Bringing credible and accessible public legal education and information to the public to help them address their legal problems

Apartments, jobs, and marriages; all everyday things we rarely think of as legal issues. But, when something happens and we face eviction, harassment at work, or a divorce, the legal consequences come into sharp focus. Almost everyone will need credible and practical legal information to deal with a legal issue at some point in their life.

Public legal education and information (PLEI) helps people learn about specific laws and their rights and it helps them understand the available options to deal with their legal situation. PLEI helps to prepare people to address their legal problems, whether on their own or with the help of a lawyer, paralegal, or community-based frontline worker, such as a settlement worker.


Direct service for the public: Reach Canada provides legal information on topics such as mental wellness, disability rights, and workplace accommodations to people with all disabilities and uses the assistance of interpreters and adaptive technologies for individuals with visual and hearing impairments when necessary.

Training of frontline workers: The Coalition Assisting Trafficked Individuals trained frontline workers on the legal and social complexities of human trafficking and provided non-traditional service providers, such as taxi drivers and nail salon staff, with referral materials for potential victims of human trafficking.

Research: Community Legal Education Ontario’s Evolving Legal Needs research is investigating the circumstances in which public legal education and information is effective, such as when it can be given on a stand-alone basis and when it needs to be matched up with another service.

How we’re helping

860 frontline workers trained; 2.3 million webpages of legal information viewed

Jenny Fortin

Advocating for the rights of young workers

Being charged a fee for your Record of Employment; earning student minimum wage even after you qualify for general minimum wage; receiving burns to your face and mouth because no safety precautions were provided; getting fired because you requested a medical leave; these are real situations that young clients of the Sudbury Workers Education and Advocacy Centre (SWEAC) have faced.

“We always say, we’re not here to tell you employers are bad,” explained Jenny Fortin, SWEAC’s Executive Director. “But there are some employers who rely on the fact that youth don’t know their rights, or are too afraid to speak up, and they exploit it.”

SWEAC helps to improve the working conditions of workers of all ages in non-unionized, low-wage, and precarious employment. It offers public legal education and information (PLEI) about employment standards, health and safety, and human rights. The Law Foundation of Ontario funded SWEAC’s first outreach program to help the organization connect with people in the outlying areas of Sudbury, including going into schools to teach youth about their rights as workers. Since it began in 2014, SWEAC has provided direct service to over 300 people and has reached over 1,400 people with its PLEI outreach.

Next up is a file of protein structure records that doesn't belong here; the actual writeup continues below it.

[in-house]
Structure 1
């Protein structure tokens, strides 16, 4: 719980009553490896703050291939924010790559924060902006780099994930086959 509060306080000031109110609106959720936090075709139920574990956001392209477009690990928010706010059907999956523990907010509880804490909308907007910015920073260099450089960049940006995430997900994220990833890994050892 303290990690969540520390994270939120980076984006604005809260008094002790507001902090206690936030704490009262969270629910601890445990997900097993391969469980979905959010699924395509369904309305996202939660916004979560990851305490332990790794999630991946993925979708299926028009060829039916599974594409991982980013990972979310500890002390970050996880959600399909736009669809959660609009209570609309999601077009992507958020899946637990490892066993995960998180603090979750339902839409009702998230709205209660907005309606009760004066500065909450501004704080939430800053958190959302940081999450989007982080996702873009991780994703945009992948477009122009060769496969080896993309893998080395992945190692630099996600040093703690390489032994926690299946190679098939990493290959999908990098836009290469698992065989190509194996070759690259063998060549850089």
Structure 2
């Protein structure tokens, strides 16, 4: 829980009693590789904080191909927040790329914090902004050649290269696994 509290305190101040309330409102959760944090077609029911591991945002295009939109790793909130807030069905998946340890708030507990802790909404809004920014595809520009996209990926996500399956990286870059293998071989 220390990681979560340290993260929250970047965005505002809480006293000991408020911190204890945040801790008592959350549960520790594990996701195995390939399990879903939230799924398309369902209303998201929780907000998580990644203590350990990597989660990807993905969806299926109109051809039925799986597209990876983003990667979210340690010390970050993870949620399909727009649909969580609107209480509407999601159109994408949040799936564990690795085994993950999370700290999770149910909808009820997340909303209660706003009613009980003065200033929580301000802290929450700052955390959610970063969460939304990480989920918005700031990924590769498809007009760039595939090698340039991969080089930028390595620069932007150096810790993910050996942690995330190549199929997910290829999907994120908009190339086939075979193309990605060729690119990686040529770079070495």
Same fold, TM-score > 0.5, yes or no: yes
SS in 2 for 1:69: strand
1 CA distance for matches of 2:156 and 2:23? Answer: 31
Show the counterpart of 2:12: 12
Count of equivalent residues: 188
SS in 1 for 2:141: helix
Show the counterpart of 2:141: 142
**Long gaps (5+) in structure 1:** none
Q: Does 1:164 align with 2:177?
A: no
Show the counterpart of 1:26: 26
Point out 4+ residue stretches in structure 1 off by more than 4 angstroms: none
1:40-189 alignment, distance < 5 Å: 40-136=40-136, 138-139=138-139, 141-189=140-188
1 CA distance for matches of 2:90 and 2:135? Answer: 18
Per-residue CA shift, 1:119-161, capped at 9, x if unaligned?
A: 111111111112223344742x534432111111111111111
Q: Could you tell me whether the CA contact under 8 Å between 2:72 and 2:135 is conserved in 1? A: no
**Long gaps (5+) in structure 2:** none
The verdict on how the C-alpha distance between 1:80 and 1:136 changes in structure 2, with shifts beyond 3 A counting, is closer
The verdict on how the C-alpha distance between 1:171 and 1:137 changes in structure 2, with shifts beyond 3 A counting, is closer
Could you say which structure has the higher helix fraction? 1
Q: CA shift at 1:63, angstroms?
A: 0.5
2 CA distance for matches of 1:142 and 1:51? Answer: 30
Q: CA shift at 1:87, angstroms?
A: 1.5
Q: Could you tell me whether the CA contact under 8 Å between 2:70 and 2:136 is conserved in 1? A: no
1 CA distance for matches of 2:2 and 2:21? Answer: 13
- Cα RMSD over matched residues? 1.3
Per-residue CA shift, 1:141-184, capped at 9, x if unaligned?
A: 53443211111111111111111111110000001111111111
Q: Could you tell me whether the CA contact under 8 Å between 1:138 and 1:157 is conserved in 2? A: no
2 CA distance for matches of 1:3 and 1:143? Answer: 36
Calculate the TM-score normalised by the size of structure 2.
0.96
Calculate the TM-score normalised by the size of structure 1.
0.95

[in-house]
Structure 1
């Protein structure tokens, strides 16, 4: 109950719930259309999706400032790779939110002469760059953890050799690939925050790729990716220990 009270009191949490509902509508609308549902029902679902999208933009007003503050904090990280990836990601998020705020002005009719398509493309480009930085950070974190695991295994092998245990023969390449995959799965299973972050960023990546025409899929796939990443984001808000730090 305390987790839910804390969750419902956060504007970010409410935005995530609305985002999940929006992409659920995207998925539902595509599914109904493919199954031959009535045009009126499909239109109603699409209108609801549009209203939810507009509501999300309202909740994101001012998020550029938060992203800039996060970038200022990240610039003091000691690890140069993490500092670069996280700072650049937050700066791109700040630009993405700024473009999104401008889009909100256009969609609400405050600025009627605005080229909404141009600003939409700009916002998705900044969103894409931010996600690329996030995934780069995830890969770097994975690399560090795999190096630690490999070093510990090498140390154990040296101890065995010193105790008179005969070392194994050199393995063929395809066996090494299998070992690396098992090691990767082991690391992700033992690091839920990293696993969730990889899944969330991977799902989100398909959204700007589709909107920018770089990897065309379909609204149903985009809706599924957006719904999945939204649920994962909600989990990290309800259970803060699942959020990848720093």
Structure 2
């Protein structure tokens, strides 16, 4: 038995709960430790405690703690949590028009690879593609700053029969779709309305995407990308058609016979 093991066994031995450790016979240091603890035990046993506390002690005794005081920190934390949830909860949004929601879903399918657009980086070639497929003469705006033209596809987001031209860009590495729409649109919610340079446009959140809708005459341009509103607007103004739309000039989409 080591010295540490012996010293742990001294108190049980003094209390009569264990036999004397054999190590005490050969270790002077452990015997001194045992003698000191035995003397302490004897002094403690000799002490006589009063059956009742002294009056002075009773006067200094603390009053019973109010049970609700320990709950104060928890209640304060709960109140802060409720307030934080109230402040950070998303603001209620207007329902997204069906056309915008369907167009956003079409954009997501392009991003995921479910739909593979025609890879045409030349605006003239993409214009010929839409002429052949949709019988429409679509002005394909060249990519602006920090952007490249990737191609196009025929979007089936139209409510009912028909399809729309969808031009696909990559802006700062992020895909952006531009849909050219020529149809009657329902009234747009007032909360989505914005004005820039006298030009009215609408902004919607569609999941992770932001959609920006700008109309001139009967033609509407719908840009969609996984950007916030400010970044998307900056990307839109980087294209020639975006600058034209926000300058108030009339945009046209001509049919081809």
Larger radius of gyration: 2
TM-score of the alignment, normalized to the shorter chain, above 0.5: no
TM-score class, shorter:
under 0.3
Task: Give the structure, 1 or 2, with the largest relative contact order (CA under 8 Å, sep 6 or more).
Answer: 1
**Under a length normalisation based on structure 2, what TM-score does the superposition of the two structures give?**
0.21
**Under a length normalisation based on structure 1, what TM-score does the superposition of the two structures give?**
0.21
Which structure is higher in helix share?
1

Jenny easily empathizes with the youth that come to SWEAC because she was a lot like them. Jenny was born and raised in Sudbury and has a history of precarious work.

“I grew up in a socially minded household and was always told about social issues and the impact they had on the whole society, not just the individual,” Jenny said. “It wasn’t until I started working in retail that I really felt first-hand the inequalities between management and employees and how a lot of people were really scared about bringing any problems to management.”

Most youth come to SWEAC because they believe they’re not being paid properly or they’re being harassed at work. Most interventions are as straightforward as SWEAC helping the young person with a phone call or letter to the employer to inform them that they’re not following the law. This type of action is often enough to resolve the issue. Other situations warrant further action, such as making a claim under the employment, health and safety, or human rights legislation.

“One of the successful human rights claims we helped with was for an individual who is part of the LGBTQ community,” Jenny said. “He was constantly bullied at work, to the point where he had to get medication to help him deal with the harassment. The resolution was a cash settlement but also that the staff at this workplace be trained on human rights and harassment and be given information about the LGBTQ community.”

“The majority of young people are eager, hard workers,” Jenny added. “Many need these jobs to survive or help supplement their parents’ income. It’s not just for spending money. We want employers to treat them fairly and as equals.”

Public legal
education and


Pro bono